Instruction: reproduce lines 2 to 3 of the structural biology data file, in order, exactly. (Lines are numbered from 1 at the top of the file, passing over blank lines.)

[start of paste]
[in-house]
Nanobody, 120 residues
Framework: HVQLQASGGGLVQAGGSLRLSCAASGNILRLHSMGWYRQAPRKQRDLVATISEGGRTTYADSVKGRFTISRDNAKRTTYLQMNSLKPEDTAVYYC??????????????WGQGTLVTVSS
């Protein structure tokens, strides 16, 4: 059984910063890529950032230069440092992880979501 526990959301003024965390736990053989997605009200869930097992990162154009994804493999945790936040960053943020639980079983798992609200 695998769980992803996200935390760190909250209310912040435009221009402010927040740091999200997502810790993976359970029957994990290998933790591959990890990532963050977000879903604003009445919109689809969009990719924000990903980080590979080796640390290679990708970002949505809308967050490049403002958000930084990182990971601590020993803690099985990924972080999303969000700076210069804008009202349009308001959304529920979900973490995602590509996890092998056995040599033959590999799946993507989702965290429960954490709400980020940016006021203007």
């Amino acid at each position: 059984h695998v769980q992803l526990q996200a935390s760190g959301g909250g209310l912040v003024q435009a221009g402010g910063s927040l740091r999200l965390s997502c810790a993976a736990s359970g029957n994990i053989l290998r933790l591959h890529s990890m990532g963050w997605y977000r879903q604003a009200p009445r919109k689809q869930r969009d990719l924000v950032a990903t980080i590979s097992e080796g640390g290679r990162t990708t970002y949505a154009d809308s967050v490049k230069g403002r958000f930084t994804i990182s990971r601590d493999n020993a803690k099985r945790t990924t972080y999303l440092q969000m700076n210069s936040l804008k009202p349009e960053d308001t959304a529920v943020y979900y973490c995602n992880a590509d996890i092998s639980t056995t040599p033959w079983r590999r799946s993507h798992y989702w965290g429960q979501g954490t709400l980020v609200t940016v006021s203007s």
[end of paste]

Nanobody, 120 residues
Framework: HVQLQASGGGLVQAGGSLRLSCAASGNILRLHSMGWYRQAPRKQRDLVATISEGGRTTYADSVKGRFTISRDNAKRTTYLQMNSLKPEDTAVYYC??????????????WGQGTLVTVSS